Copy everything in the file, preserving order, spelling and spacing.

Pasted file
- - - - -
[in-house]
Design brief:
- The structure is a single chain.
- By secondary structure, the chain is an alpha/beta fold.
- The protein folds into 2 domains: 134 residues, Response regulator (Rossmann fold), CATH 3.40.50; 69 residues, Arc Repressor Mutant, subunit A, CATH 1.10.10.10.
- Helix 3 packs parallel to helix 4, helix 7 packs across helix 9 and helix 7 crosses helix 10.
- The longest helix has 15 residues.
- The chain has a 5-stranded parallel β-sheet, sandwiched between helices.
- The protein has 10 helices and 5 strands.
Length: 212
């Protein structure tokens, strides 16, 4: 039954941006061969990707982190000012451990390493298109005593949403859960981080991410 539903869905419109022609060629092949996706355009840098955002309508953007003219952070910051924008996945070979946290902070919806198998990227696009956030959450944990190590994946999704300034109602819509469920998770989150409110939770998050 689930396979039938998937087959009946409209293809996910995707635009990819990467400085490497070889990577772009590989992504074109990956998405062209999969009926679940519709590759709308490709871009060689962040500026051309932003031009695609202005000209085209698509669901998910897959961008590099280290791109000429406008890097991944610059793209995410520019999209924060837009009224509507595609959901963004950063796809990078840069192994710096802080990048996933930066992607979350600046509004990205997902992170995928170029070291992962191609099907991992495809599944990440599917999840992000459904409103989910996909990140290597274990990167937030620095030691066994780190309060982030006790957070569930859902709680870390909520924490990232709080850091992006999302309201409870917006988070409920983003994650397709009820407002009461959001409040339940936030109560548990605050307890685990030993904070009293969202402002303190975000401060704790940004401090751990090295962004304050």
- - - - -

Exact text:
[in-house]
Design brief:
- The structure is a single chain.
- By secondary structure, the chain is an alpha/beta fold.
- The protein folds into 2 domains: 134 residues, Response regulator (Rossmann fold), CATH 3.40.50; 69 residues, Arc Repressor Mutant, subunit A, CATH 1.10.10.10.
- Helix 3 packs parallel to helix 4, helix 7 packs across helix 9 and helix 7 crosses helix 10.
- The longest helix has 15 residues.
- The chain has a 5-stranded parallel β-sheet, sandwiched between helices.
- The protein has 10 helices and 5 strands.
Length: 212
């Protein structure tokens, strides 16, 4: 039954941006061969990707982190000012451990390493298109005593949403859960981080991410 539903869905419109022609060629092949996706355009840098955002309508953007003219952070910051924008996945070979946290902070919806198998990227696009956030959450944990190590994946999704300034109602819509469920998770989150409110939770998050 689930396979039938998937087959009946409209293809996910995707635009990819990467400085490497070889990577772009590989992504074109990956998405062209999969009926679940519709590759709308490709871009060689962040500026051309932003031009695609202005000209085209698509669901998910897959961008590099280290791109000429406008890097991944610059793209995410520019999209924060837009009224509507595609959901963004950063796809990078840069192994710096802080990048996933930066992607979350600046509004990205997902992170995928170029070291992962191609099907991992495809599944990440599917999840992000459904409103989910996909990140290597274990990167937030620095030691066994780190309060982030006790957070569930859902709680870390909520924490990232709080850091992006999302309201409870917006988070409920983003994650397709009820407002009461959001409040339940936030109560548990605050307890685990030993904070009293969202402002303190975000401060704790940004401090751990090295962004304050």